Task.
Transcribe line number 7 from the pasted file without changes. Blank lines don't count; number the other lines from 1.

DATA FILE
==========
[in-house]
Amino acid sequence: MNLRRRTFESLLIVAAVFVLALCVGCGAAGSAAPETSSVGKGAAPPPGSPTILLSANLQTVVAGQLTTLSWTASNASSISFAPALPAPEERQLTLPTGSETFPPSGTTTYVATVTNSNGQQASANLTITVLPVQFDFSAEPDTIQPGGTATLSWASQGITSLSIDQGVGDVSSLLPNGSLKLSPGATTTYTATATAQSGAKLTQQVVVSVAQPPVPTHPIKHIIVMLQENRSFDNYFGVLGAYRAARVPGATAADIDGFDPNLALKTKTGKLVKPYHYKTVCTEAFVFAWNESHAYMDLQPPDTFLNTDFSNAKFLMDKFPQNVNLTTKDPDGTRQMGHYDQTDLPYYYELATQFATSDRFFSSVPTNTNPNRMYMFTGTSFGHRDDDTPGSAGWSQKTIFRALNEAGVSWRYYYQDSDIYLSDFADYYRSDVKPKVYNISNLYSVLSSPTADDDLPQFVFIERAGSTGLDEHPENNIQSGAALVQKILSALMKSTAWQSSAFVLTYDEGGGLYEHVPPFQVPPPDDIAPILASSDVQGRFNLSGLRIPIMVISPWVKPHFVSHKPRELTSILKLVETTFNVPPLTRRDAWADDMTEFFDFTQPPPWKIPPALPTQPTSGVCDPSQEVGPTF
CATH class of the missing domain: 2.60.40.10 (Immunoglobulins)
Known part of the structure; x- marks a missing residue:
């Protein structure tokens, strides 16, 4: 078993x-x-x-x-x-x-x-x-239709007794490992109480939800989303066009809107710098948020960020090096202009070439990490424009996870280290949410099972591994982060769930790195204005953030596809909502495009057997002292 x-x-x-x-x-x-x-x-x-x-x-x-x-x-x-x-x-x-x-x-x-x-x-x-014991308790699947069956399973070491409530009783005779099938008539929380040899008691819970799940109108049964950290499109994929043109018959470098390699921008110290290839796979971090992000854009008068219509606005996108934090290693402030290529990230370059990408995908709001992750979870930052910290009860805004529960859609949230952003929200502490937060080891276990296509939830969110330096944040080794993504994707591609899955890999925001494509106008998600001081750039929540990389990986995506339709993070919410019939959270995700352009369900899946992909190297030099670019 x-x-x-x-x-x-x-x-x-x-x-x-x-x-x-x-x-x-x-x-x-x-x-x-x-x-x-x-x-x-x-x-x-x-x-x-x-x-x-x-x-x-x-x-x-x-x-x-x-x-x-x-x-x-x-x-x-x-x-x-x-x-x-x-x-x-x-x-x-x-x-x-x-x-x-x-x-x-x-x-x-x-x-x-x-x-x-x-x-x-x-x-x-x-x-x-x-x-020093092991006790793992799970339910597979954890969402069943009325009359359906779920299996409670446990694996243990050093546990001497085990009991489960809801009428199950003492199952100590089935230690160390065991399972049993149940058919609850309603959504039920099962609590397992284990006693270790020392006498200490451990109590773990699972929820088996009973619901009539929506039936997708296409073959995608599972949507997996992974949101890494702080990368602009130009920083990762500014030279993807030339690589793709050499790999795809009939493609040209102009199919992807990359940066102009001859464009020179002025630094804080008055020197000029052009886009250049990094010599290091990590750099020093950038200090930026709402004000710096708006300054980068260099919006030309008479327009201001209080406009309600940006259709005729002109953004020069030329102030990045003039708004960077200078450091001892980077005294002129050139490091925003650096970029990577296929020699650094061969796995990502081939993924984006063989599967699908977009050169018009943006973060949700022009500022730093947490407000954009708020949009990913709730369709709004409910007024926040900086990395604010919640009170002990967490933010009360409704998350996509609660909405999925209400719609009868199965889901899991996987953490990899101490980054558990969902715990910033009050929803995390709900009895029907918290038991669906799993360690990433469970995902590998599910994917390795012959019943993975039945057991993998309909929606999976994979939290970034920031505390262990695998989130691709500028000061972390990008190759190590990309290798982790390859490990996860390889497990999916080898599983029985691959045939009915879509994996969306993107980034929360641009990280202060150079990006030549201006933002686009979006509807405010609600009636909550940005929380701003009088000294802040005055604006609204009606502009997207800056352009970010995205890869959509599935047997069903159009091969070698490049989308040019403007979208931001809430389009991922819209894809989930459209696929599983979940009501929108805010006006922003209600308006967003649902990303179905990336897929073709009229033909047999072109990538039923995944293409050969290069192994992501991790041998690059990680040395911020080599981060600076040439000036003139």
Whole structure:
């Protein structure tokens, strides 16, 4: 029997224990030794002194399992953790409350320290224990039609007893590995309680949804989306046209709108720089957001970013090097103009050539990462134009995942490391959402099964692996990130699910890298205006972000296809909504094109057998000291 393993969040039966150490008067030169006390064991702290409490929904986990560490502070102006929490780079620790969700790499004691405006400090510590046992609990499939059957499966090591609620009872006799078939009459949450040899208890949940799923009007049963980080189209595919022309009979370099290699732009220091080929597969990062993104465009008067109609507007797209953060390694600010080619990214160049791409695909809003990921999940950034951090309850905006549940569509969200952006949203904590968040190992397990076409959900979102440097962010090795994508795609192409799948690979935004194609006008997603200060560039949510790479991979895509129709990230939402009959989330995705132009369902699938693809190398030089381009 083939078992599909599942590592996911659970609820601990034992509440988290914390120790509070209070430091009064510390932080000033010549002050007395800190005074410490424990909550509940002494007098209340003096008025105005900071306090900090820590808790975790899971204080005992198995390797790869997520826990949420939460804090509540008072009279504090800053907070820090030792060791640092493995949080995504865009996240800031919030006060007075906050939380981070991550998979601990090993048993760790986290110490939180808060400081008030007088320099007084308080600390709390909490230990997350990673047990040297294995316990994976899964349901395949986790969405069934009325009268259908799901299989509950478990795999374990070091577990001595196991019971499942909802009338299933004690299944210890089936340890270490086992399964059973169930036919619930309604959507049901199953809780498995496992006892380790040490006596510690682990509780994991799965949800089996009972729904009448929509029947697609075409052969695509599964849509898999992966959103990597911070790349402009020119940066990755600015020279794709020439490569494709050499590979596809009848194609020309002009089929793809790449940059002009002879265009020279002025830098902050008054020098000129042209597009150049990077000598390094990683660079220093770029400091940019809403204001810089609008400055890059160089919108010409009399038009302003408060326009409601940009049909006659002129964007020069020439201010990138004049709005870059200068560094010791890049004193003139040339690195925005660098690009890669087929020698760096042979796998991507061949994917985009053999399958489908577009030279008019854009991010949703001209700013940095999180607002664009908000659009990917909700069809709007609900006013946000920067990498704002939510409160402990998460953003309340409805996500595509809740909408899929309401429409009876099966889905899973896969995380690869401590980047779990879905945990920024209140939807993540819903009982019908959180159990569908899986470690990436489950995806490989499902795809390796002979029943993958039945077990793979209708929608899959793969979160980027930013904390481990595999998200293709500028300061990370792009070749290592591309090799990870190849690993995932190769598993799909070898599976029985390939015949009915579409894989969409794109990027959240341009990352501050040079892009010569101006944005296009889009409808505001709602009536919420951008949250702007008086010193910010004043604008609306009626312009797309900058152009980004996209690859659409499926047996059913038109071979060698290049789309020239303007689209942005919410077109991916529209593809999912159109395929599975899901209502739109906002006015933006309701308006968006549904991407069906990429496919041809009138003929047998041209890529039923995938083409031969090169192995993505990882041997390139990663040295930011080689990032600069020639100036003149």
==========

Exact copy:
């Protein structure tokens, strides 16, 4: 029997224990030794002194399992953790409350320290224990039609007893590995309680949804989306046209709108720089957001970013090097103009050539990462134009995942490391959402099964692996990130699910890298205006972000296809909504094109057998000291 393993969040039966150490008067030169006390064991702290409490929904986990560490502070102006929490780079620790969700790499004691405006400090510590046992609990499939059957499966090591609620009872006799078939009459949450040899208890949940799923009007049963980080189209595919022309009979370099290699732009220091080929597969990062993104465009008067109609507007797209953060390694600010080619990214160049791409695909809003990921999940950034951090309850905006549940569509969200952006949203904590968040190992397990076409959900979102440097962010090795994508795609192409799948690979935004194609006008997603200060560039949510790479991979895509129709990230939402009959989330995705132009369902699938693809190398030089381009 083939078992599909599942590592996911659970609820601990034992509440988290914390120790509070209070430091009064510390932080000033010549002050007395800190005074410490424990909550509940002494007098209340003096008025105005900071306090900090820590808790975790899971204080005992198995390797790869997520826990949420939460804090509540008072009279504090800053907070820090030792060791640092493995949080995504865009996240800031919030006060007075906050939380981070991550998979601990090993048993760790986290110490939180808060400081008030007088320099007084308080600390709390909490230990997350990673047990040297294995316990994976899964349901395949986790969405069934009325009268259908799901299989509950478990795999374990070091577990001595196991019971499942909802009338299933004690299944210890089936340890270490086992399964059973169930036919619930309604959507049901199953809780498995496992006892380790040490006596510690682990509780994991799965949800089996009972729904009448929509029947697609075409052969695509599964849509898999992966959103990597911070790349402009020119940066990755600015020279794709020439490569494709050499590979596809009848194609020309002009089929793809790449940059002009002879265009020279002025830098902050008054020098000129042209597009150049990077000598390094990683660079220093770029400091940019809403204001810089609008400055890059160089919108010409009399038009302003408060326009409601940009049909006659002129964007020069020439201010990138004049709005870059200068560094010791890049004193003139040339690195925005660098690009890669087929020698760096042979796998991507061949994917985009053999399958489908577009030279008019854009991010949703001209700013940095999180607002664009908000659009990917909700069809709007609900006013946000920067990498704002939510409160402990998460953003309340409805996500595509809740909408899929309401429409009876099966889905899973896969995380690869401590980047779990879905945990920024209140939807993540819903009982019908959180159990569908899986470690990436489950995806490989499902795809390796002979029943993958039945077990793979209708929608899959793969979160980027930013904390481990595999998200293709500028300061990370792009070749290592591309090799990870190849690993995932190769598993799909070898599976029985390939015949009915579409894989969409794109990027959240341009990352501050040079892009010569101006944005296009889009409808505001709602009536919420951008949250702007008086010193910010004043604008609306009626312009797309900058152009980004996209690859659409499926047996059913038109071979060698290049789309020239303007689209942005919410077109991916529209593809999912159109395929599975899901209502739109906002006015933006309701308006968006549904991407069906990429496919041809009138003929047998041209890529039923995938083409031969090169192995993505990882041997390139990663040295930011080689990032600069020639100036003149």